The scribble angle memory 44 indicates the angle of the generated scribbles 126,128,130, assuming the center of the vector shape 116 is the axis of rotation. The scribble angle variance memory 50 functions to add randomness to the control variable in the scribble angle 44. The angle of any generated scribble 126,128,130 vary about the angle stored in scribble angle memory 44 by an amount specified within the scribble angle variance memory 50. The repetitions memory 46 controls the number of times the scribble fill routines 40 are applied to an original vector shape 103. Application of the control variables stored in the scribble angle memory 44, the repetition memory 46, the scribble frequency variance memory 48, and the scribble angle variance memory 50 produce a wide variety of scribbles 126,128,130 that can be generated within the same shape 103. Finally, the repetition variance memory 52 varies the number of repetitions specified in the repetitions memory 46.

Turning now to FIGS. 5A and 5B, a flowchart illustrates a preferred method for modifying a vector shape 103 according to the present invention. Beginning at step 54, the CPU 14 of FIG. 2 reads the vector shape 103 from the vector shape database memory 30 of FIG. 3. The operating system memory 26, under the control of the scribble fill routines memory 40, verifies that the vector shape 103 is a fill shape and not a stroke shape. A fill shape has a defined boundary to be colored in, while a stroke shape defines a path to be drawn by a line. Since the scribble fill routines in memory 40 apply only to fills, stroke shapes are ignored and are bypassed. If the vector shape 103 is a fill shape, the CPU 14 at step 56 checks the scribble angle memory 44 of FIG. 4.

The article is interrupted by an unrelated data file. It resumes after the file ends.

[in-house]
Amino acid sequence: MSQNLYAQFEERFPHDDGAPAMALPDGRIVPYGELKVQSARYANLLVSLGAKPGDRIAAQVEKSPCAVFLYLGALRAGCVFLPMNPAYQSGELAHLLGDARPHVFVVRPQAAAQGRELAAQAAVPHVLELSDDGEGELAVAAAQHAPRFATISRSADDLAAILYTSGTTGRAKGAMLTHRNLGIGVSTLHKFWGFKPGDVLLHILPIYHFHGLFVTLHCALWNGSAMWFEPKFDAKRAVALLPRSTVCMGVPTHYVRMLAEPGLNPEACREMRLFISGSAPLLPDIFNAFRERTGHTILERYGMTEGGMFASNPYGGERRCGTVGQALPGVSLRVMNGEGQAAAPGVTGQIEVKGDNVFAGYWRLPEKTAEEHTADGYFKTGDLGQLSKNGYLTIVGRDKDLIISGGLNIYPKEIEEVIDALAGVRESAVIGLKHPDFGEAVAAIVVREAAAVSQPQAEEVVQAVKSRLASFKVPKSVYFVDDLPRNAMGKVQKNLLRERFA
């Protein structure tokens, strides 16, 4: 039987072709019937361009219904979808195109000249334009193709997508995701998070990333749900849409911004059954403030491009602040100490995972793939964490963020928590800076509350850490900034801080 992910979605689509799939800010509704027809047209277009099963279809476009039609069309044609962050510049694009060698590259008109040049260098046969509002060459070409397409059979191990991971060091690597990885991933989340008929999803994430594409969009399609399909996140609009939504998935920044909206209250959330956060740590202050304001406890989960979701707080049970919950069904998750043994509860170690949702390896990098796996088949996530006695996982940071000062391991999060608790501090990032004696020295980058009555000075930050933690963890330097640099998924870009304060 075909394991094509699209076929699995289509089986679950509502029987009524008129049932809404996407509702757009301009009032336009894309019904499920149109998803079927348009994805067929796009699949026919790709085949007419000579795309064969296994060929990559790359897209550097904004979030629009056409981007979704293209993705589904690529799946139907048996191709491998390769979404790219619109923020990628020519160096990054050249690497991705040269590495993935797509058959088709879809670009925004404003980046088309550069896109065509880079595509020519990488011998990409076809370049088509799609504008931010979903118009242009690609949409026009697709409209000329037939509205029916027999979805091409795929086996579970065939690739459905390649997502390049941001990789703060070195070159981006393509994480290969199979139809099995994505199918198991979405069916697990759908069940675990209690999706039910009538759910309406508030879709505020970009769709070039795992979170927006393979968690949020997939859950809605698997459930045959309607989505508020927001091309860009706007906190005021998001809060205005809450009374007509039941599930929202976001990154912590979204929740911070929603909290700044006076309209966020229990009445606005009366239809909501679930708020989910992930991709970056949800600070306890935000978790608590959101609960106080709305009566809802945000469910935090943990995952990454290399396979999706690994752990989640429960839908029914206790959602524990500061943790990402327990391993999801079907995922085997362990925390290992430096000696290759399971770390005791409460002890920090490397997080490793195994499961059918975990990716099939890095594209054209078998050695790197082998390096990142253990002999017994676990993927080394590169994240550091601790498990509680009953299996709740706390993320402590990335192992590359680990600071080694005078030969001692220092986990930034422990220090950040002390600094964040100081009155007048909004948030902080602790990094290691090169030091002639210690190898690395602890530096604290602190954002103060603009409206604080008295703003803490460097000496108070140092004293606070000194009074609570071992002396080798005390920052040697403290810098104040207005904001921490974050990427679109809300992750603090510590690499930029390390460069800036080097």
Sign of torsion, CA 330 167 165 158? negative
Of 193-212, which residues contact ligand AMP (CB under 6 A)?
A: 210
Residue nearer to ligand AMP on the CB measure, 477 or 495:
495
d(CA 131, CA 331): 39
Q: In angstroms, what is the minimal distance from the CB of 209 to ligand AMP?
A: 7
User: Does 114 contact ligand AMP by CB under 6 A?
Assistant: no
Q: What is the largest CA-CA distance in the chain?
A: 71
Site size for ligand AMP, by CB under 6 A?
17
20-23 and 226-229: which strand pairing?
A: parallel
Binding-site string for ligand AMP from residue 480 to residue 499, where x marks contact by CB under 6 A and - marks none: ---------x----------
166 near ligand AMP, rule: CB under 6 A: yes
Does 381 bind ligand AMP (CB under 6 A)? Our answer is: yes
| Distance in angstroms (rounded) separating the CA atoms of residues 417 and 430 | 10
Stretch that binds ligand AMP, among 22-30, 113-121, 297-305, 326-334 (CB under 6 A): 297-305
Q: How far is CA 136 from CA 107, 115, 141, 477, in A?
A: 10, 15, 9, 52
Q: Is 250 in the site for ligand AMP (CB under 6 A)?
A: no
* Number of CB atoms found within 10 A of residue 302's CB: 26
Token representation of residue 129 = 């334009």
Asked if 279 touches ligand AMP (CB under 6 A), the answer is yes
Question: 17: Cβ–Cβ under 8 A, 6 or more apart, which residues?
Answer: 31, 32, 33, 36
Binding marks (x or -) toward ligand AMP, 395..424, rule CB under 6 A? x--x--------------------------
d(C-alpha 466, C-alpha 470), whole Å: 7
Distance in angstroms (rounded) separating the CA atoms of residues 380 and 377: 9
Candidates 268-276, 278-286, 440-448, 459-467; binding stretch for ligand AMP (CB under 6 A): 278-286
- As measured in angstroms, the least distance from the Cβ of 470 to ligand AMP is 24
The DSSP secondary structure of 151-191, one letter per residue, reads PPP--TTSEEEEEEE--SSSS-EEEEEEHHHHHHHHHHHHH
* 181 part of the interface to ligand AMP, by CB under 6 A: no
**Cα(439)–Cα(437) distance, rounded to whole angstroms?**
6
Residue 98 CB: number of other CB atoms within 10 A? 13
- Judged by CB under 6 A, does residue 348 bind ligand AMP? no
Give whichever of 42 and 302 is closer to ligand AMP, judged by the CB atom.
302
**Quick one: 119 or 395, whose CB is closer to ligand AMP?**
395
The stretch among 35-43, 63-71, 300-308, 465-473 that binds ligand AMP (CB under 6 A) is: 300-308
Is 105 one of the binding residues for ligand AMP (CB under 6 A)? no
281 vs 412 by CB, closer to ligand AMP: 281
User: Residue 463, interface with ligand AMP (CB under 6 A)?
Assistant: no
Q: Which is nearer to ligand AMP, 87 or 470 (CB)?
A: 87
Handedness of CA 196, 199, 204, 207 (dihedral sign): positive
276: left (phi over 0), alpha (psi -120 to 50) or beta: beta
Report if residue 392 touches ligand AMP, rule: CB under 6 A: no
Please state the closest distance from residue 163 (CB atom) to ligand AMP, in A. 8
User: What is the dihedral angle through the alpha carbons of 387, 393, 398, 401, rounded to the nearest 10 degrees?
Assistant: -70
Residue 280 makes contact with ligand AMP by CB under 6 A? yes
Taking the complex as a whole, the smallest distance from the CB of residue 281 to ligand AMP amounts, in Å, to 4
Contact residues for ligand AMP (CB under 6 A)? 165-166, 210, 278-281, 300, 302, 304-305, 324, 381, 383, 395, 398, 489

If the scribble angle memory 44 contains an angle of rotation, the CPU 14 proceeds to step 58 where the entire vector shape 103 is rotated to an angle defined in scribble angle memory 44 and varied by the scribble angle variance memory 50. This rotation of the vector shape 116 is illustrated in FIG. 1B. Whether or not the vector shape 103 is rotated, the CPU 14 continues to step 60 to create a series of horizontal intersection lines 118 overlaying the contours of the vector shape 116. Step 60 is illustrated in FIG. 1C. The horizontal intersection lines 118 are stored in the intersection line memory 32.